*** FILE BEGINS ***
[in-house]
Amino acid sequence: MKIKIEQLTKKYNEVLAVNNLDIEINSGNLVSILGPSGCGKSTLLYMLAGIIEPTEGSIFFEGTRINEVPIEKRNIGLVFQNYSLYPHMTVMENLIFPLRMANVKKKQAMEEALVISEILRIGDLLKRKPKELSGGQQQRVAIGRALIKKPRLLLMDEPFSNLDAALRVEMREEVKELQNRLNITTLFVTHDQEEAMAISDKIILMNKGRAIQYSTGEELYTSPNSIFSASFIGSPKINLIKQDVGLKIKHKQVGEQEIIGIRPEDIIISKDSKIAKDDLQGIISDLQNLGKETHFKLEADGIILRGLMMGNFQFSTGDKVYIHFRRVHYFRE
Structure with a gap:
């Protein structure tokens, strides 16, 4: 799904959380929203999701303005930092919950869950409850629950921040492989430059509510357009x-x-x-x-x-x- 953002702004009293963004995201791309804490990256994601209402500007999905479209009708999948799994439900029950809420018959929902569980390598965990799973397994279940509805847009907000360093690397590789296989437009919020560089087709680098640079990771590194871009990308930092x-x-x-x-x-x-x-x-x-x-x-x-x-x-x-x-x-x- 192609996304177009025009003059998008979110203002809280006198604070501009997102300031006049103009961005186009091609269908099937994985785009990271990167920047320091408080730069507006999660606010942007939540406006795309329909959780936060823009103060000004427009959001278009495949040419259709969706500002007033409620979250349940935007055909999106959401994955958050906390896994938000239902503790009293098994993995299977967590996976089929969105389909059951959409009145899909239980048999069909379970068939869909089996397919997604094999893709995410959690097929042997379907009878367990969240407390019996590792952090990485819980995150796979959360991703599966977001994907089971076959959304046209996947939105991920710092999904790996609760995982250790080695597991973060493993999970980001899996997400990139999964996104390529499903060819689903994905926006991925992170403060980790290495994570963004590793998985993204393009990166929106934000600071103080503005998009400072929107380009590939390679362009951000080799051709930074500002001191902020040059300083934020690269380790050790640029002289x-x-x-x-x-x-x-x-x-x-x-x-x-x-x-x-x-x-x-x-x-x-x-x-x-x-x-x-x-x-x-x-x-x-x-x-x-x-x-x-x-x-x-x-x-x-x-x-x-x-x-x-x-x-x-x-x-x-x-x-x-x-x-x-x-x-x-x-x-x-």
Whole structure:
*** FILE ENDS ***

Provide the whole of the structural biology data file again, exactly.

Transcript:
[in-house]
Amino acid sequence: MKIKIEQLTKKYNEVLAVNNLDIEINSGNLVSILGPSGCGKSTLLYMLAGIIEPTEGSIFFEGTRINEVPIEKRNIGLVFQNYSLYPHMTVMENLIFPLRMANVKKKQAMEEALVISEILRIGDLLKRKPKELSGGQQQRVAIGRALIKKPRLLLMDEPFSNLDAALRVEMREEVKELQNRLNITTLFVTHDQEEAMAISDKIILMNKGRAIQYSTGEELYTSPNSIFSASFIGSPKINLIKQDVGLKIKHKQVGEQEIIGIRPEDIIISKDSKIAKDDLQGIISDLQNLGKETHFKLEADGIILRGLMMGNFQFSTGDKVYIHFRRVHYFRE
Structure with a gap:
């Protein structure tokens, strides 16, 4: 799904959380929203999701303005930092919950869950409850629950921040492989430059509510357009x-x-x-x-x-x- 953002702004009293963004995201791309804490990256994601209402500007999905479209009708999948799994439900029950809420018959929902569980390598965990799973397994279940509805847009907000360093690397590789296989437009919020560089087709680098640079990771590194871009990308930092x-x-x-x-x-x-x-x-x-x-x-x-x-x-x-x-x-x- 192609996304177009025009003059998008979110203002809280006198604070501009997102300031006049103009961005186009091609269908099937994985785009990271990167920047320091408080730069507006999660606010942007939540406006795309329909959780936060823009103060000004427009959001278009495949040419259709969706500002007033409620979250349940935007055909999106959401994955958050906390896994938000239902503790009293098994993995299977967590996976089929969105389909059951959409009145899909239980048999069909379970068939869909089996397919997604094999893709995410959690097929042997379907009878367990969240407390019996590792952090990485819980995150796979959360991703599966977001994907089971076959959304046209996947939105991920710092999904790996609760995982250790080695597991973060493993999970980001899996997400990139999964996104390529499903060819689903994905926006991925992170403060980790290495994570963004590793998985993204393009990166929106934000600071103080503005998009400072929107380009590939390679362009951000080799051709930074500002001191902020040059300083934020690269380790050790640029002289x-x-x-x-x-x-x-x-x-x-x-x-x-x-x-x-x-x-x-x-x-x-x-x-x-x-x-x-x-x-x-x-x-x-x-x-x-x-x-x-x-x-x-x-x-x-x-x-x-x-x-x-x-x-x-x-x-x-x-x-x-x-x-x-x-x-x-x-x-x-």
Whole structure: